The following information is bonus material from Top Producer. It corresponds with the article "Risk Audit” by Linda Smith. You can find the article in the September 2009 issue.
USDA's Risk Management Agency defines five primary sources of risk for farm businesses: production, marketing, finance, legal and human resources. Here's USDA's list of risk categories:
No one needs to tell a farmer about the negative outcomes of poor weather, pests or diseases. However, technology, machinery efficiency and the quality of inputs also play a role in production.
The following are management practices or products that can help mitigate production risks.
- Enterprise diversification (not only reduces weather risk, but price risk)
- Geographical diversification
- Crop insurance
- Contract production (the buyer supplies inputs and expertise)
- Genetic choices
- New technologies such as precision farming; vaccines
- Hire experts such as crop scouts or veterinarians
- Buy from reputable sources
- Be sure machinery and labor are sufficient to do field work in a timely manner
Purchasing / sales risks.
The past two years have brought price risk to the forefront. Another sales risk has reared its ugly head—counterparty risk (of buyer going out of business or deciding not to fulfill your contract). "Counterparty risk falls in the category of low probability but high consequences—and it likely is noninsurable,” says Boehlje. "The VeraSun bankruptcy is a perfect example where producers delivered on grain contracts but were not paid, basically becoming the company's bankers, but without the recourse a bank might have. Alternatively, in the case of Pilgrim's Pride, producers built chicken buildings only to be told plants were closing and their production would not be needed in the future.”
Here are a few steps to reducing these risks and attaining a better outcome.
- Spread sales over the marketing year
- Develop a marketing plan
- Add to your sales and risk-management strategy toolbox
- Hire a marketing service if necessary
- Consider revenue insurance
- Consider contract production
- Be careful about prepaying for inputs
- Be careful about deferred pricing on sales
- Sell to more than one buyer (and/or buy from more than one supplier)
According to USDA's Risk Management Agency, financial risk has three basic components: the ability to meet cash-flow needs in a timely manner; the cost and availability of debt capital; and the ability to maintain and grow equity. The keys to success in this arena are sound planning and financial control.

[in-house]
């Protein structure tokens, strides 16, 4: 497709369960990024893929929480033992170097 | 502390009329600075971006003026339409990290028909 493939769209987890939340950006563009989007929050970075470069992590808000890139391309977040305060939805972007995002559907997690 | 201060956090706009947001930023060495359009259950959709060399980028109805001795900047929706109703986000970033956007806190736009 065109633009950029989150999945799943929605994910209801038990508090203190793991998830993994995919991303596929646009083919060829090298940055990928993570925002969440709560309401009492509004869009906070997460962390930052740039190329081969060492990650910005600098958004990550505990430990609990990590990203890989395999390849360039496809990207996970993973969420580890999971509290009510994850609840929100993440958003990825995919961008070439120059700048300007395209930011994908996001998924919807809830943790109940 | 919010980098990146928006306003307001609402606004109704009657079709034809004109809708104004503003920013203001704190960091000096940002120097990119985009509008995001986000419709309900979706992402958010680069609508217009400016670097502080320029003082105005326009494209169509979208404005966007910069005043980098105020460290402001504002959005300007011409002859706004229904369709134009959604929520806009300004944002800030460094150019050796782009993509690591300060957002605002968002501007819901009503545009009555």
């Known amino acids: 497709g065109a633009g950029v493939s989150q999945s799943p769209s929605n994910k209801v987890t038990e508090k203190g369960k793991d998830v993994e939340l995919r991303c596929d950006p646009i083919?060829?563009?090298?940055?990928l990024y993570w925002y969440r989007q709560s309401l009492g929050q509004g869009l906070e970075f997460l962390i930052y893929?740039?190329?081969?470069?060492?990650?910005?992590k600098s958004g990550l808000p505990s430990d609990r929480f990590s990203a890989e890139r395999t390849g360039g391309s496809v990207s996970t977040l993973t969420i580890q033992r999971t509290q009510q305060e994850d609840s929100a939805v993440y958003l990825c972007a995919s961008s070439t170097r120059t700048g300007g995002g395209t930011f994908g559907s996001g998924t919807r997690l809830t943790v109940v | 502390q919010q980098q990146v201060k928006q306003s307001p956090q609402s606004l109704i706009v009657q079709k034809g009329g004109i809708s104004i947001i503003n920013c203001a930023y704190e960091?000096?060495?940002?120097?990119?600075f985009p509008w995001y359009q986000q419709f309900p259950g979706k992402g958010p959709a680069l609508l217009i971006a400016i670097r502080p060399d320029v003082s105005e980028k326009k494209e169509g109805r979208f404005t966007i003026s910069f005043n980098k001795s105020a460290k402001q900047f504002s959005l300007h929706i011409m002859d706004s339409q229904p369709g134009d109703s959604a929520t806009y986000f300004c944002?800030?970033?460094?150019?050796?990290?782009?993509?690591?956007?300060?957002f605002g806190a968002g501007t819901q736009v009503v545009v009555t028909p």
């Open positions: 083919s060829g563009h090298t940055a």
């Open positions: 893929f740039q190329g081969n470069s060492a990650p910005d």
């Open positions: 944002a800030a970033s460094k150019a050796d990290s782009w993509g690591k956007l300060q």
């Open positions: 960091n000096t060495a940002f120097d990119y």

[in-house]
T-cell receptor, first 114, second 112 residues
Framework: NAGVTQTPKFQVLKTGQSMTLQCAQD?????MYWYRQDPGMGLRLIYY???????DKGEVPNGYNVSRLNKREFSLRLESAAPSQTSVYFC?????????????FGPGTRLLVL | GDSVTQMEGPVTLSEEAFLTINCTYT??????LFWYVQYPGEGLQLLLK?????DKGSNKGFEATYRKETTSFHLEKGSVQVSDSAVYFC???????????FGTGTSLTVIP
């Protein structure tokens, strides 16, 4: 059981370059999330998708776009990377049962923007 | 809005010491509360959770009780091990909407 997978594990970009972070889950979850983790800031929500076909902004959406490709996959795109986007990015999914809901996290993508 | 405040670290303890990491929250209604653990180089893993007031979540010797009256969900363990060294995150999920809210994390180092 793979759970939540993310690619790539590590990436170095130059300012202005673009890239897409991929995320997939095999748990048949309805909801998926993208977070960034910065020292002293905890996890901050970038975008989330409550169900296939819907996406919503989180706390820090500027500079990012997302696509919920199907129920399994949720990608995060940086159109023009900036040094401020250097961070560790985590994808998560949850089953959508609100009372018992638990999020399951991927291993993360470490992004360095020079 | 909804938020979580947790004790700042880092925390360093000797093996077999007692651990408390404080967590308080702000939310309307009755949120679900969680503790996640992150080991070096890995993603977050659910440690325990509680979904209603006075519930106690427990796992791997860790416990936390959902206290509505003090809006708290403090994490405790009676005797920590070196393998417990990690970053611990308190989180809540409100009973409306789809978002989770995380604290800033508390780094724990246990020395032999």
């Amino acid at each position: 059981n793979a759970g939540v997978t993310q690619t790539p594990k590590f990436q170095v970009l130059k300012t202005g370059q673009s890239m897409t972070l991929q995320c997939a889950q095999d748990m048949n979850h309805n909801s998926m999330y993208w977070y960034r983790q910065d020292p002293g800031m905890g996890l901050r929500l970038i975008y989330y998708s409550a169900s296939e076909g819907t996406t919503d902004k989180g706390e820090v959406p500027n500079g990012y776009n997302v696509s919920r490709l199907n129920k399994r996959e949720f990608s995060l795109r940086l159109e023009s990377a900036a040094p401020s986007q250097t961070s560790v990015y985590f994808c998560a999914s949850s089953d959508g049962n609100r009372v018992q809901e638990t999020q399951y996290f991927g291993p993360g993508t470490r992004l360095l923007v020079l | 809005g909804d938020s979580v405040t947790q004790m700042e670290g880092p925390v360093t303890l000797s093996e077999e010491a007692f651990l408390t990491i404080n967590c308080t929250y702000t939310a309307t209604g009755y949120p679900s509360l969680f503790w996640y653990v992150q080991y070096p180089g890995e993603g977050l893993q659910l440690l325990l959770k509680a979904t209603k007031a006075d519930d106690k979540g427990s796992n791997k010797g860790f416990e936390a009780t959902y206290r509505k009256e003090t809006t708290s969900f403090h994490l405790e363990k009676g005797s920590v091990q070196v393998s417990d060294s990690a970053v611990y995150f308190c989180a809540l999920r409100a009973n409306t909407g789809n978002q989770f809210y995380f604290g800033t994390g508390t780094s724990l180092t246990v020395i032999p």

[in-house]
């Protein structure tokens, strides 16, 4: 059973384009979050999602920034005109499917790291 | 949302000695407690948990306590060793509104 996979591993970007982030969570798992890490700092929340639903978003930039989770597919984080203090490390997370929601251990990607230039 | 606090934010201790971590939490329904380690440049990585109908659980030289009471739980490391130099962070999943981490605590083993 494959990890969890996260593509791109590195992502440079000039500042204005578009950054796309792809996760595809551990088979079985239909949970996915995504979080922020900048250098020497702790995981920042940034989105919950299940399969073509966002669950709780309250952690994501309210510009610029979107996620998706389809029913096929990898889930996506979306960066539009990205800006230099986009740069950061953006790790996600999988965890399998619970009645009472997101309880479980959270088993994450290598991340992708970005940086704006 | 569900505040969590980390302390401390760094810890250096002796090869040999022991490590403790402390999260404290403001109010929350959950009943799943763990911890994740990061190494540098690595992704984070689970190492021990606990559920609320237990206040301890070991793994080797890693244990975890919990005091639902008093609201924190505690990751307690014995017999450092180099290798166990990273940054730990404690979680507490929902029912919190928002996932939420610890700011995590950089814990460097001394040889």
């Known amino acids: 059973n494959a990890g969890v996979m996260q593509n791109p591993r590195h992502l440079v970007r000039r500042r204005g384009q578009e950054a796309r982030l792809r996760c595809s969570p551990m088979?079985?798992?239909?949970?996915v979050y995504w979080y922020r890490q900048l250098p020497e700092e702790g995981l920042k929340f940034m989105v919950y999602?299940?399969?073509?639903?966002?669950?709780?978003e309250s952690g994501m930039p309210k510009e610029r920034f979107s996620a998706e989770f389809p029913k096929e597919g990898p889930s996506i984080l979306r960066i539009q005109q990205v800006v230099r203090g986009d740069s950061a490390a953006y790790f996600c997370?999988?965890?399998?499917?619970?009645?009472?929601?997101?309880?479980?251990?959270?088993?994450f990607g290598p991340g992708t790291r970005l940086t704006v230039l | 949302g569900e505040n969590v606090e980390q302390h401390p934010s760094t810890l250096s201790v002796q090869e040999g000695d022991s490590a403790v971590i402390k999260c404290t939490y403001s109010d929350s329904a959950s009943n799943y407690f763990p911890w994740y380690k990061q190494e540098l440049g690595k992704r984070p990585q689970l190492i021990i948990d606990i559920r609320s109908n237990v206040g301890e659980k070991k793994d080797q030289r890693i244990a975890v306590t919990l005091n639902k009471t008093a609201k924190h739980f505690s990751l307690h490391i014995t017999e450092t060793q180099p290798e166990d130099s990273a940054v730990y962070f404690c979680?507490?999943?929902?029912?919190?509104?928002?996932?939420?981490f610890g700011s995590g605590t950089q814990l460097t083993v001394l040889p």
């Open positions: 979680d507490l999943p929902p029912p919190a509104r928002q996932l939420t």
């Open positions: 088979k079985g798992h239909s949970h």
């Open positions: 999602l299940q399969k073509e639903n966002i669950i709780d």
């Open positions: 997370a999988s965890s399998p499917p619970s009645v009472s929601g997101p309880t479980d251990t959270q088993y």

Here are some components to help you in those endeavors:
- Make sure your financial records are detailed enough and keep them up to date. Today, more farmers are moving to enterprise accounting to help them assess profitability
- Interest rate risk. By keeping your credit rating high and debt-to-asset ratio low, you may be able to capture a lower rate
- Liquidity/cash flow. Plan the timing of expenses and income
- Insurance to protect income--including life, disability, health, etc.
- Understand all legal documents before you sign—consult an attorney if you need to.
- Pay attention to family living costs and include them in cash-flow projections.
This area may not be as obvious as some of the earlier ones. There are business risks such as contracts that are pretty straightforward, but there are also risks such as choosing the wrong business form (partnership, corporation, etc.), not having a good exit plan, or lack of estate planning that can bring down a business in short order.
Some steps to take include:
- Consult a lawyer or university source about business structure, estate planning, etc.
- Make sure you understand laws regarding employees, environmental liability, and damage caused by spraying or other ag practices
- Be aware of potential liability issues that may arise regarding accidents on your property
Human resources issues.
Human resource calamities can hamper even the most carefully made and appropriate risk-management decisions. Such calamities include divorce, chronic illness and accidental death.
- Engage family and employees by involving them in the decision-making process
- Train more than one person for every job
- Prepare successors
- Insure key personnel for injury as well as death
- Make a will and other documents to spell out what will happen to the business
- Review business and ownership structures to assess the effects of divorce
- Be careful in hiring immigrants to be sure you are acting legally
Two Books that Provide More Food for Thought About Risk
Risk Intelligence: Learning to manage what we don't know, by David Apgar. "Risk management can be a source of competitive advantage long term,” says Mike Boehlje, Purdue University ag economist.
The Black Swan: The Impact of the Highly Improbable by Nassim Nicholas Taleb. "I would encourage people to read this book and start the long process of understanding how they might deal with the Black Swan events Taleb defines as ‘a highly improbable event with three characteristics: it is unpredictable; it carries a massive impact; and, after the fact, we concoct an explanation that makes it appear less random and more predictable than it was,' ” says Steve Hofing, Centric Consulting Group (217-352-1190).